Stupid fool for believing them. Until this morning there was not a drop to be dripped anywhere. Even the toilets were unusable – thank goodness I’m anosmic! I swear,  when the plumber finally came this morning – and only in response to a frantic phone call from yours truly to the University emergency number – and opened the tank (apparently the damn thing had been full for heaven knows how long but no one had seen fit to release the water to our flats) the sound of the flushes was as music to my ears!

So things were salvaged after a fashion, but really, if one is going to cut water supplies off shouldn’t they at least warn the residents? I think I know the culprits, it’s the same damn people who have been tearing down the apartment on the 7th floor and disturbing our Saturday mornings while at it for the past few weeks. But try getting an admission or explanation. The best is – “Now everything is okay doctor, il-hum-du-allah.” No point is asking for warnings in the future either. A shrug is the best answer I’m likely to get. ARRRRGH.

This water episode was just the final straw I think in a series of incidents big and small that have been pushing me inexorably to the I-can’t-wait -to-get-outa-here mode, even though I’ve not been here for two weeks in a row since June! The swine flu paranoia — killing all pigs (by pumping them full of pesticide) and then herding all of us in airports to take temperatures thereby ensuring that if any of us hadn’t been exposed by then we surely would be! That reached it’s zenith at the airports over Eid. Getting back in the dead of the night last Saturday, the place looked like an Indian railway station – people with bori-bistras (and here of course many women in their own personal boris) – camped out in every spare inch of space. And I’m not sure if this was my sleepy eyes imagining things or not, but I could have sworn that I saw a couple of guys on the luggage  conveyor belts the better to get their bags!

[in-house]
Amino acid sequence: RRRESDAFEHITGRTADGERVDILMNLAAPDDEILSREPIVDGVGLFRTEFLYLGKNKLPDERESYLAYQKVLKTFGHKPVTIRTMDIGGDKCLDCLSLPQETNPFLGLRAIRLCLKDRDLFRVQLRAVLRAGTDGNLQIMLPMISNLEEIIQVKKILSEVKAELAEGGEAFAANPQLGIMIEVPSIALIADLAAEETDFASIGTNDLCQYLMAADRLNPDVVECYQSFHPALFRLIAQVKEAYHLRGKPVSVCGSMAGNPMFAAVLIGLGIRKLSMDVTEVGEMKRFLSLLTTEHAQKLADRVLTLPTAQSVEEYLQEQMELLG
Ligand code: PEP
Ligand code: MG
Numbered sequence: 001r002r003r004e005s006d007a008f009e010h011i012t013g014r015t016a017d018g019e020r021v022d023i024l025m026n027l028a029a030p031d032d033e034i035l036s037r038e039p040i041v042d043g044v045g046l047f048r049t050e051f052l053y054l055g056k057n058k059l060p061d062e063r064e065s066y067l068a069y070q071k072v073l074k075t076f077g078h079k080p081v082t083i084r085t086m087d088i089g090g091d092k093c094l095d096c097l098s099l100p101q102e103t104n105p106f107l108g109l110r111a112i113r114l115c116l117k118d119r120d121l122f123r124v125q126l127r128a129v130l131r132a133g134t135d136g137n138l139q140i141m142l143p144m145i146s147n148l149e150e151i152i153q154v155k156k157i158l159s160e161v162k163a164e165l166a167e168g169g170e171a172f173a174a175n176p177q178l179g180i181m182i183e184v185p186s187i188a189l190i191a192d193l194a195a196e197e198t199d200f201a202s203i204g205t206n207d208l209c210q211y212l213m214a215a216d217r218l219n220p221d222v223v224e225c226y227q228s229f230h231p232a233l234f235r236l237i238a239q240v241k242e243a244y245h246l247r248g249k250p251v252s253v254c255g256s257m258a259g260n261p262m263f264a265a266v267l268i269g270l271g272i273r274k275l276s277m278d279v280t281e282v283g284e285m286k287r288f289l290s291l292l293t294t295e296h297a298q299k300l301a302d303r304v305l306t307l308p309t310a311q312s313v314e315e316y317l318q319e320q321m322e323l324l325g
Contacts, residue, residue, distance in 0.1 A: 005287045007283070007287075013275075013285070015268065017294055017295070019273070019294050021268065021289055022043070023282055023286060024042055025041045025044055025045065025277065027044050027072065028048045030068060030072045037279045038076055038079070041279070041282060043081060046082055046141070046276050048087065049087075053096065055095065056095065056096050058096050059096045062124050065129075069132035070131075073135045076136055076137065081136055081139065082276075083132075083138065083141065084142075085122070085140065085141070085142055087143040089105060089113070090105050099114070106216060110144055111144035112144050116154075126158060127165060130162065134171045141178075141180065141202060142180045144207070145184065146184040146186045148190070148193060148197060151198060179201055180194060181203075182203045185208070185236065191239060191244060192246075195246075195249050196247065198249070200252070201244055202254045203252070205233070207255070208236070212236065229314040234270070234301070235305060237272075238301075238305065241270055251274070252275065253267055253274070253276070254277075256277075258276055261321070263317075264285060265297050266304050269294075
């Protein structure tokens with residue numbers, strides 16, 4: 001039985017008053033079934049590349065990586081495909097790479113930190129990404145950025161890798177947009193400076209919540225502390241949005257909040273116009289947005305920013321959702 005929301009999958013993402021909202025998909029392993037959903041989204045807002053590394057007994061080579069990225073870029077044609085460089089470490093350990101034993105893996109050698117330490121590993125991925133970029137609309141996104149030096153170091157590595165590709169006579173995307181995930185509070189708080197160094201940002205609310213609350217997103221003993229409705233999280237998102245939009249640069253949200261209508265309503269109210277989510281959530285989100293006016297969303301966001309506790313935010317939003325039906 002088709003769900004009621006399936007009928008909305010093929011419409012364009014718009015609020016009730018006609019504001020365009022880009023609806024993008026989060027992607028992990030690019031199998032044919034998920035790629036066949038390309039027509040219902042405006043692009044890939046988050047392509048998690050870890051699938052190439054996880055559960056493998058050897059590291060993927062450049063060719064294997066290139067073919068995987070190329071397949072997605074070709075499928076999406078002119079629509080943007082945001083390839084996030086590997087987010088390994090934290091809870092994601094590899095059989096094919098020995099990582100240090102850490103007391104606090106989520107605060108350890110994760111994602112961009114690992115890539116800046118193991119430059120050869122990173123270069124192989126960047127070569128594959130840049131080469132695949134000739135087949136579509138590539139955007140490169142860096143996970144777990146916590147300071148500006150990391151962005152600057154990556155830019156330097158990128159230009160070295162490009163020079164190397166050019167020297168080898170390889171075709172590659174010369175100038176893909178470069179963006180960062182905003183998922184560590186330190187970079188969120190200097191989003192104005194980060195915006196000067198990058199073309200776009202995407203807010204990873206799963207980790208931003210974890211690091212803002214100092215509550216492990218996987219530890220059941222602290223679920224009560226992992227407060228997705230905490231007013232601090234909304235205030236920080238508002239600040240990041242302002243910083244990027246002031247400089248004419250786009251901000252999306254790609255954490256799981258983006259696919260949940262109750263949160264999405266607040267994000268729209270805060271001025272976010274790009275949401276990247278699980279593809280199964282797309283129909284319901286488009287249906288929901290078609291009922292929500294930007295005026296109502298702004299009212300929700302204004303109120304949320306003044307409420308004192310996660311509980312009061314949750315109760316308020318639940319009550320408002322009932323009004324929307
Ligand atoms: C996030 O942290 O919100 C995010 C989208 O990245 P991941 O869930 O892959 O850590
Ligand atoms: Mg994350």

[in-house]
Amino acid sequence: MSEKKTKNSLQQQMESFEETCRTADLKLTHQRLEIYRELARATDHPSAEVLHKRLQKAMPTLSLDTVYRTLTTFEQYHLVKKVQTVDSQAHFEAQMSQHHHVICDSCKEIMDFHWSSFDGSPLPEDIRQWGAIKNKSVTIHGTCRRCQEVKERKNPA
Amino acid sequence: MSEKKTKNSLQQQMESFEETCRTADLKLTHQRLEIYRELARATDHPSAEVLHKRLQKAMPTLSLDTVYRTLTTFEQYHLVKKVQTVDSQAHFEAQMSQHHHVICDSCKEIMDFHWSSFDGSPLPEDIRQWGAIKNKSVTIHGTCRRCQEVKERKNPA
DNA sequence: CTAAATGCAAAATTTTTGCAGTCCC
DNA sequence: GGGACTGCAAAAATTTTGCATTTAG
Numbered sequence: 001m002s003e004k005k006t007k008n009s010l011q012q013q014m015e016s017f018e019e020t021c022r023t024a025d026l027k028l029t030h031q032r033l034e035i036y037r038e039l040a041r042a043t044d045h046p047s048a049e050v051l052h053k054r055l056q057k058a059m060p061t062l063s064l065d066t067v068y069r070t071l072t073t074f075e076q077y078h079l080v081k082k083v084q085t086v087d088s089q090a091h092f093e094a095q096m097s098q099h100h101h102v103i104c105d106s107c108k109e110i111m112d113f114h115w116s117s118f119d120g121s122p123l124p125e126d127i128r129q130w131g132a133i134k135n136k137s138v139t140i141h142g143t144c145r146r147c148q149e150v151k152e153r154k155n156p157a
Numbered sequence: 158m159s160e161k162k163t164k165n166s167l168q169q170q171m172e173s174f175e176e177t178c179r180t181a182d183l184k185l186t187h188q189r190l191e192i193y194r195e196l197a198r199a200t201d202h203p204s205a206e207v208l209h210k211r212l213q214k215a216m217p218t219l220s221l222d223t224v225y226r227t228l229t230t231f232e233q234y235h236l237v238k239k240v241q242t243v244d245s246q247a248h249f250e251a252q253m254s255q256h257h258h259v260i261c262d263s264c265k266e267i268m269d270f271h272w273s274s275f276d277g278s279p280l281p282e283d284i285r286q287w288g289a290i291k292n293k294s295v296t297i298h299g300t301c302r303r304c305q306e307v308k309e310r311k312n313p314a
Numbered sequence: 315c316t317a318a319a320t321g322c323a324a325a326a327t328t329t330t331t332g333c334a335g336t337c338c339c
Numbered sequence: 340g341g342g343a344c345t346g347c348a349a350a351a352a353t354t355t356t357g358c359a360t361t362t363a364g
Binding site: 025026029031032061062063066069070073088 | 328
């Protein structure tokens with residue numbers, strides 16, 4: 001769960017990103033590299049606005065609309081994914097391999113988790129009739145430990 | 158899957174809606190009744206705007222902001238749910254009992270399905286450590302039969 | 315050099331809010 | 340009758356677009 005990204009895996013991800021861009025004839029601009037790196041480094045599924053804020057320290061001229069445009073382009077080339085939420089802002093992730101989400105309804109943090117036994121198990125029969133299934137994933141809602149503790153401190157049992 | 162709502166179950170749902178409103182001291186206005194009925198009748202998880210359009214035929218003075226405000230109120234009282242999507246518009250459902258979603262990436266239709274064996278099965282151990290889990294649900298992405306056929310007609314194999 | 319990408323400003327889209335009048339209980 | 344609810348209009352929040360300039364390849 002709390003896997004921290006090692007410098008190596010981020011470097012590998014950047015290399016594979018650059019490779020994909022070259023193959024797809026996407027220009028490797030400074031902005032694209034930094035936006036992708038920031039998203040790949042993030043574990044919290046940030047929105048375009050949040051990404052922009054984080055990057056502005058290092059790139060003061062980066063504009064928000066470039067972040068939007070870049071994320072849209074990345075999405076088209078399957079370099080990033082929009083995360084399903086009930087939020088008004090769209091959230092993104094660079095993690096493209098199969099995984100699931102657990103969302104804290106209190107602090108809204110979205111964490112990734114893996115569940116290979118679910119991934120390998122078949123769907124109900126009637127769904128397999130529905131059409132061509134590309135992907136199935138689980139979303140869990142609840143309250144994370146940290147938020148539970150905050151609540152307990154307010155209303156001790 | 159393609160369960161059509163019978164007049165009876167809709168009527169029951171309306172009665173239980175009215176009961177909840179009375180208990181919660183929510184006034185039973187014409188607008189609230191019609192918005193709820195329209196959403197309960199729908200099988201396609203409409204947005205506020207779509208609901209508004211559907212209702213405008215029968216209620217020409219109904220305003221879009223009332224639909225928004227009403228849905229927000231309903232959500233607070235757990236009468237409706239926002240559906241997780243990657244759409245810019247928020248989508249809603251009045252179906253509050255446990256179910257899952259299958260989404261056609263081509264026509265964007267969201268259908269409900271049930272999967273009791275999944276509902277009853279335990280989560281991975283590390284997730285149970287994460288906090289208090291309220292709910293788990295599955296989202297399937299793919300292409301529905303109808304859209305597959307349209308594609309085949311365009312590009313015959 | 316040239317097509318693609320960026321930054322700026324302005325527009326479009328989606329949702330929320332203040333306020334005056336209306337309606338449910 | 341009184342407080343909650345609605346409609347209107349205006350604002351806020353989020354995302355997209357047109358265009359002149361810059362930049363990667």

The black boogers, pollution etc are ever present. I won’t say more. But despite everything there are little things that redeem the place – after all one can’t be relentlessly unhappy when good mangoes are to be had. nd despite October having begun, I’m still getting really nice ones. The weather is improving and I get to see my friends (who grow more precious as my time with them is getting more limited) on a semi-regular basis. And the feluccas beckon round the bend. And a visitor will visit in a week. But God! what I wouldn’t give for a couple of more weeks of the halcyon days of the last of summer – on the beaches of Crete. Stay tuned for a full account, maybe. While I go take advantage of my newly restored gift of the Nile, that made 5000 years of Egyptian history possible -wet and wonderful, water.